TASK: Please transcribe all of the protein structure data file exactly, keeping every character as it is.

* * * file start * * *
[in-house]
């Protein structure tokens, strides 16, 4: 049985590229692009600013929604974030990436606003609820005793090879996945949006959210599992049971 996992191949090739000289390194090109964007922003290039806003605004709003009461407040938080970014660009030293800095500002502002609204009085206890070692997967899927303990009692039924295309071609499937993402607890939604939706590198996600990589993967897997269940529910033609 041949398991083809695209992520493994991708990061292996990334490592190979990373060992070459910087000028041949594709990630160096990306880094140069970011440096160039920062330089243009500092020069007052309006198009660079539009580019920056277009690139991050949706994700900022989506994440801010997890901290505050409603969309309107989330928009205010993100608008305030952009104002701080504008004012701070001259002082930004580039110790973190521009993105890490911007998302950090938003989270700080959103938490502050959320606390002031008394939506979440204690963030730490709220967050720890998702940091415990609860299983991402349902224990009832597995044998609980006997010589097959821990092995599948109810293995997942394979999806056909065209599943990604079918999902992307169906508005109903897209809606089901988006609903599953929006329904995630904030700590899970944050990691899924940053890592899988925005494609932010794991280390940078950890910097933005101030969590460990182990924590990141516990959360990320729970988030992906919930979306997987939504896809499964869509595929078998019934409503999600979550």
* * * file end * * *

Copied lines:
[in-house]
């Protein structure tokens, strides 16, 4: 049985590229692009600013929604974030990436606003609820005793090879996945949006959210599992049971 996992191949090739000289390194090109964007922003290039806003605004709003009461407040938080970014660009030293800095500002502002609204009085206890070692997967899927303990009692039924295309071609499937993402607890939604939706590198996600990589993967897997269940529910033609 041949398991083809695209992520493994991708990061292996990334490592190979990373060992070459910087000028041949594709990630160096990306880094140069970011440096160039920062330089243009500092020069007052309006198009660079539009580019920056277009690139991050949706994700900022989506994440801010997890901290505050409603969309309107989330928009205010993100608008305030952009104002701080504008004012701070001259002082930004580039110790973190521009993105890490911007998302950090938003989270700080959103938490502050959320606390002031008394939506979440204690963030730490709220967050720890998702940091415990609860299983991402349902224990009832597995044998609980006997010589097959821990092995599948109810293995997942394979999806056909065209599943990604079918999902992307169906508005109903897209809606089901988006609903599953929006329904995630904030700590899970944050990691899924940053890592899988925005494609932010794991280390940078950890910097933005101030969590460990182990924590990141516990959360990320729970988030992906919930979306997987939504896809499964869509595929078998019934409503999600979550």